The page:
Another issue of importance to Gabbard — perhaps the greatest priority, judging by how much she speaks about it — is opposing what she calls America’s “interventionist regime-change wars.”

Gabbard said the loss “of Hawaii’s sons and daughters” in such wars “has made people very aware of the necessity to not repeat those mistakes and to not again put our young men and women into these counterproductive interventionist conflicts.”

It is something she experienced directly when she served during Operation Iraqi Freedom to overthrow Saddam Hussein.

Congresswoman Tulsi Gabbard Prime before Minister Modi talk. 8 june 2016
Gabbard shares a laugh with colleagues on the floor of the U.S. House of Representatives. Cory Lum/Civil Beat

“As you know, I served in a medical unit during that deployment and saw firsthand the very high cost of war,” she said. “We’ve spent trillions on these regime-change wars for over a decade now, money that’s coming from the pockets of Hawaii’s people and people across this country that could have and should have been used to rebuild our infrastructure, to take care of our environment, to make sure our limited water resources are kept clean.”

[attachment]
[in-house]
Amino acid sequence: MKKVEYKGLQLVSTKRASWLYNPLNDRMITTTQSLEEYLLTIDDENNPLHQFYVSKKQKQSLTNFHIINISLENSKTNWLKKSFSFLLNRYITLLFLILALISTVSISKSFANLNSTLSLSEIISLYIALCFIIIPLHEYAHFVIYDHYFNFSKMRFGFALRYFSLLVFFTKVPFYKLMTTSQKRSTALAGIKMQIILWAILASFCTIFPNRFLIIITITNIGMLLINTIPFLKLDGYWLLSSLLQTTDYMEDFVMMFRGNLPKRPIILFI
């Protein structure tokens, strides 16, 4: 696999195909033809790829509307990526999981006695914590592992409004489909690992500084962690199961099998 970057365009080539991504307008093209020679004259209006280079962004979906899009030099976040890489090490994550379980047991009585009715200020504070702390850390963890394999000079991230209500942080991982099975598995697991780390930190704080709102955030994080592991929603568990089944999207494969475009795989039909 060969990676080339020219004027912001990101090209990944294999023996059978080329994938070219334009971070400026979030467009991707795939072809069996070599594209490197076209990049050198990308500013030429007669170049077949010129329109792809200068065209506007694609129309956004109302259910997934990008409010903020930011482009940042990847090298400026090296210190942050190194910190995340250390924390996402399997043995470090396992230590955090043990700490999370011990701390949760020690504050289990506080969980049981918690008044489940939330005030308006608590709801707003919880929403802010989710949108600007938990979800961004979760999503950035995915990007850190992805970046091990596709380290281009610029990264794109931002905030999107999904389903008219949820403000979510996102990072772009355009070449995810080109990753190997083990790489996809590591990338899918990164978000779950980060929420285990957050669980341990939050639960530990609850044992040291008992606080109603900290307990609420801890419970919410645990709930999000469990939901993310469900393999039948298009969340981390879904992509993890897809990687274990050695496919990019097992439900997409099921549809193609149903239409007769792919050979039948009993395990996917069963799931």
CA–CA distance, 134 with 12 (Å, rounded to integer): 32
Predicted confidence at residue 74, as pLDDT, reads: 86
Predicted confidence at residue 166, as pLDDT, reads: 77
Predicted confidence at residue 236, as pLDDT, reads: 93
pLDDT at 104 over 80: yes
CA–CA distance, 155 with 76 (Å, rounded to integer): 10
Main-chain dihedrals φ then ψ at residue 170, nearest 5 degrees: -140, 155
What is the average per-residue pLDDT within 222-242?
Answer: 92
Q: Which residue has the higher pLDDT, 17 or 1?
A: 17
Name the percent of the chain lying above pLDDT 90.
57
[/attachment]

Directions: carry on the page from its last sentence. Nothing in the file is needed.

Gabbard continued: “The list goes on and on of the major needs that we have within our communities that these dollars could have been used to address. And the situation is not getting any better.”

Late last year, the congresswoman introduced a House bill to prohibit the use of federal funds to assist anti-government efforts in Syria. While it has not been scheduled for a hearing,  Gabbard said it is important for Congress to speak out.

“It’s because we are extremely concerned now as well as looking into the future that our next president will continue and escalate this war to overthrow (President Bashar) Assad in Syria, which will not only exacerbate the refugees crisis that we’re facing there, but it will cost hundreds of thousands of more lives,” she said. “And it’s counterproductive, because it increases the strength of terrorist organizations like Al Qaeda and ISIS. Not to speak of the fact that it brings us into a potential head-to-head conflict with Russia, the other nuclear power in the world.”

Not Yet Berned Out

Opposition to American-forced regime change is a major reason why Gabbard has campaigned so visibly for Sen. Bernie Sanders of Vermont. She has repeatedly argued that Hillary Clinton is the wrong choice for president in that regard, pointing to her support for the Iraq war in 2003 and more recently for U.S. involvement in Syria and Libya.

Clinton clinched her party’s nomination last week, but Gabbard has not stopped campaigning for Sanders.

Tuesday’s Washington, D.C., primary is the final one of the election cycle. Should Sanders carry his fight to the Democratic Party’s national convention in Philadelphia next month?